In Focus: Five key talking points from Italy 1-0 England

William Furness
Southgate under pressure as England lose 1-0 to Italy
Southgate under pressure as England lose 1-0 to Italy

England got relegated from Nations League A with another poor performance as they lost 1-0 to Italy.

Gareth Southgate would’ve been desperate for a more inspiring display just before the World Cup but England were underwhelming once again. 

The only goal of the game came in the 68th minute when Napoli forward Giacomo Raspadori worked some space and bent his shot into the bottom left corner. 

We take a look at five key talking points from England's disappointing performance as they turn their attention to a game against Germany on Monday.

Relegation deserved

This uninspiring loss means that England are relegated into the Nations League B,  an embarrassing reality for a side that should be looking to win the entire competition. 

The tournament has been a tough watch — Southgate’s side have not picked up a win and only scored one goal. 

The Three Lions' display against Italy was not an anomaly, it was a continuation. England will now face the likes of Montenegro, Albania, and Serbia in their next Nations League campaign. 

No creativity 

England’s biggest critic of recent times has been their lack of bravery on the ball — and this was no different tonight. 

A front three of Harry Kane, Raheem Sterling and Phil Foden is a scary prospect on paper but did not seem fluid when watched by the naked eye. 

It boils down to a lack of impotence in possession from deeper areas as the forward players rarely seem to receive the ball in a dangerous area.

England's passing tonight was, again, slow and predictable. Italy were comfortable in their shape, well aware that Southgate's men were not going to ask any major questions. 

They have now gone 450 minutes without a goal in open play — a record only matched by minnows San Marino.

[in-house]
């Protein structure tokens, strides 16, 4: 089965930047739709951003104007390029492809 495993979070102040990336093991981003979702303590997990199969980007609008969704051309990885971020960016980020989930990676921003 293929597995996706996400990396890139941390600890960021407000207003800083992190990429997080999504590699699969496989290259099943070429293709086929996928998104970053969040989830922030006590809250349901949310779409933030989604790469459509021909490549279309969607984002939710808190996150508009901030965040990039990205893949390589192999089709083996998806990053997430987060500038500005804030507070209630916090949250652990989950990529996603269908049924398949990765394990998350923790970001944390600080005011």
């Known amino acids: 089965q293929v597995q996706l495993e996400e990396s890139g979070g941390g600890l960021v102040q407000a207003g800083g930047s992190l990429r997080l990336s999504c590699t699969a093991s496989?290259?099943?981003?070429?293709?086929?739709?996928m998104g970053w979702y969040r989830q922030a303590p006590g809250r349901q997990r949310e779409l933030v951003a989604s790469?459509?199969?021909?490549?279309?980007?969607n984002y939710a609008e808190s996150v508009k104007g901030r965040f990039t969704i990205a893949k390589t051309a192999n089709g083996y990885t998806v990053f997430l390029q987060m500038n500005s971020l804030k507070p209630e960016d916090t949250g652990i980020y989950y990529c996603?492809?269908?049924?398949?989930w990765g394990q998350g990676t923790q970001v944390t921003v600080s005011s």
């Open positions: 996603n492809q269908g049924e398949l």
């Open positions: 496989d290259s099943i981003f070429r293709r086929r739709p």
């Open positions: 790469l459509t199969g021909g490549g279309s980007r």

Losing the faith 

Southgate was met with boos when he went over to clap the fans
Southgate was met with boos when he went over to clap the fans

As Southgate went to applaud the travelling England fans, he was met with the sound of boos — it was a horrible moment for the manager that has received so much love since his appointment. 

Despite taking the country to a semi-final of the World Cup and then the final of the Euros, the supporters made it very clear that they are unhappy with performances. 

This is not a fantastic dynamic going into the World Cup and if England do not succeed in Qatar, the vultures will begin to circle.

However, Southgate stressed that the performance was a step in the right direction. 

He said: "It's difficult for me to be too critical of the performance.

"We had more possession, more shots, more shots on target. For large parts of the game we played very well.

"It's a spell where ultimately results are going to be the thing that everyone reacts to but I thought there were a lot of positives for us as a team tonight. 

"Lots of good individual performances. I personally thought the performance is a step in the right direction. I completely understand because of the result that is not going to be the reaction."

Wing-back battle

Both sides operated with wing-backs and the differences in their performances were telling.

Giovanni Di Lorenzo and Federico Dimarco were very high and full of energy, constantly asking questions of Kyle Walker and Harry Maguire. They stretched the pitch and tried to get behind England's centre-backs multiple times. 

Bukayo Saka and Reece James, however, didn’t leave a mark on the game. They were more seen in a back five, which sums up Southgate’s approach to games. 

Bellingham optimism 

Bellingham was England's bright spark
Bellingham was England's bright spark

Jude Bellingham was England’s best player tonight — he looked assured, calm and comfortable. 

In the second-half particularly, his constant buzzing around Italy midfielders did cause them some frustration, as he often stole the ball off them to create attacking transitions which became England’s only source of creativity. 

The 19-year-old will be a key player in many England sides to come — he already looks like a seasoned professional.


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